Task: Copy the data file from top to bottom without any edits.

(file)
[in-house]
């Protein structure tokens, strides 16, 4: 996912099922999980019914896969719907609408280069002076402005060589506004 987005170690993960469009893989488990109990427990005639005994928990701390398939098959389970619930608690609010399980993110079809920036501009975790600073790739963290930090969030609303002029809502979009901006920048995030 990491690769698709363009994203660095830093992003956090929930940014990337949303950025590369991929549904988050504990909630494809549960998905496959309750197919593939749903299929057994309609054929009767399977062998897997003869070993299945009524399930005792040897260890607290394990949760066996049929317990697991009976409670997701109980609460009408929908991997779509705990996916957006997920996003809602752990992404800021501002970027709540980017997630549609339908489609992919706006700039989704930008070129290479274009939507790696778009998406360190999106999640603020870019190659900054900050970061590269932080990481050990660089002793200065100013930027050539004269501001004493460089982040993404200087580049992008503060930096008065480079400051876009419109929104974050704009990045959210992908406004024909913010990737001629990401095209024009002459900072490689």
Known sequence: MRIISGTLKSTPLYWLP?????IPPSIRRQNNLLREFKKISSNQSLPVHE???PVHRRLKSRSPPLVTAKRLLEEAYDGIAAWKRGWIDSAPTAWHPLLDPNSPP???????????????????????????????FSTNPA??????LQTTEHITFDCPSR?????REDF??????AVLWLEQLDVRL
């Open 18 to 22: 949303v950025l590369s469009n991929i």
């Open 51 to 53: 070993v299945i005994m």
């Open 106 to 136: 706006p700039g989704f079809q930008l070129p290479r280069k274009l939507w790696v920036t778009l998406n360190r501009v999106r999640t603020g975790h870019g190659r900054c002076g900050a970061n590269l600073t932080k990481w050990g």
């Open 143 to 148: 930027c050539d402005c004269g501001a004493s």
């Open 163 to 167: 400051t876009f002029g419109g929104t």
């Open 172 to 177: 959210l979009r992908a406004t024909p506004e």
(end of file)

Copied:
[in-house]
């Protein structure tokens, strides 16, 4: 996912099922999980019914896969719907609408280069002076402005060589506004 987005170690993960469009893989488990109990427990005639005994928990701390398939098959389970619930608690609010399980993110079809920036501009975790600073790739963290930090969030609303002029809502979009901006920048995030 990491690769698709363009994203660095830093992003956090929930940014990337949303950025590369991929549904988050504990909630494809549960998905496959309750197919593939749903299929057994309609054929009767399977062998897997003869070993299945009524399930005792040897260890607290394990949760066996049929317990697991009976409670997701109980609460009408929908991997779509705990996916957006997920996003809602752990992404800021501002970027709540980017997630549609339908489609992919706006700039989704930008070129290479274009939507790696778009998406360190999106999640603020870019190659900054900050970061590269932080990481050990660089002793200065100013930027050539004269501001004493460089982040993404200087580049992008503060930096008065480079400051876009419109929104974050704009990045959210992908406004024909913010990737001629990401095209024009002459900072490689």
Known sequence: MRIISGTLKSTPLYWLP?????IPPSIRRQNNLLREFKKISSNQSLPVHE???PVHRRLKSRSPPLVTAKRLLEEAYDGIAAWKRGWIDSAPTAWHPLLDPNSPP???????????????????????????????FSTNPA??????LQTTEHITFDCPSR?????REDF??????AVLWLEQLDVRL
């Open 18 to 22: 949303v950025l590369s469009n991929i």
């Open 51 to 53: 070993v299945i005994m």
């Open 106 to 136: 706006p700039g989704f079809q930008l070129p290479r280069k274009l939507w790696v920036t778009l998406n360190r501009v999106r999640t603020g975790h870019g190659r900054c002076g900050a970061n590269l600073t932080k990481w050990g």
């Open 143 to 148: 930027c050539d402005c004269g501001a004493s």
């Open 163 to 167: 400051t876009f002029g419109g929104t």
């Open 172 to 177: 959210l979009r992908a406004t024909p506004e």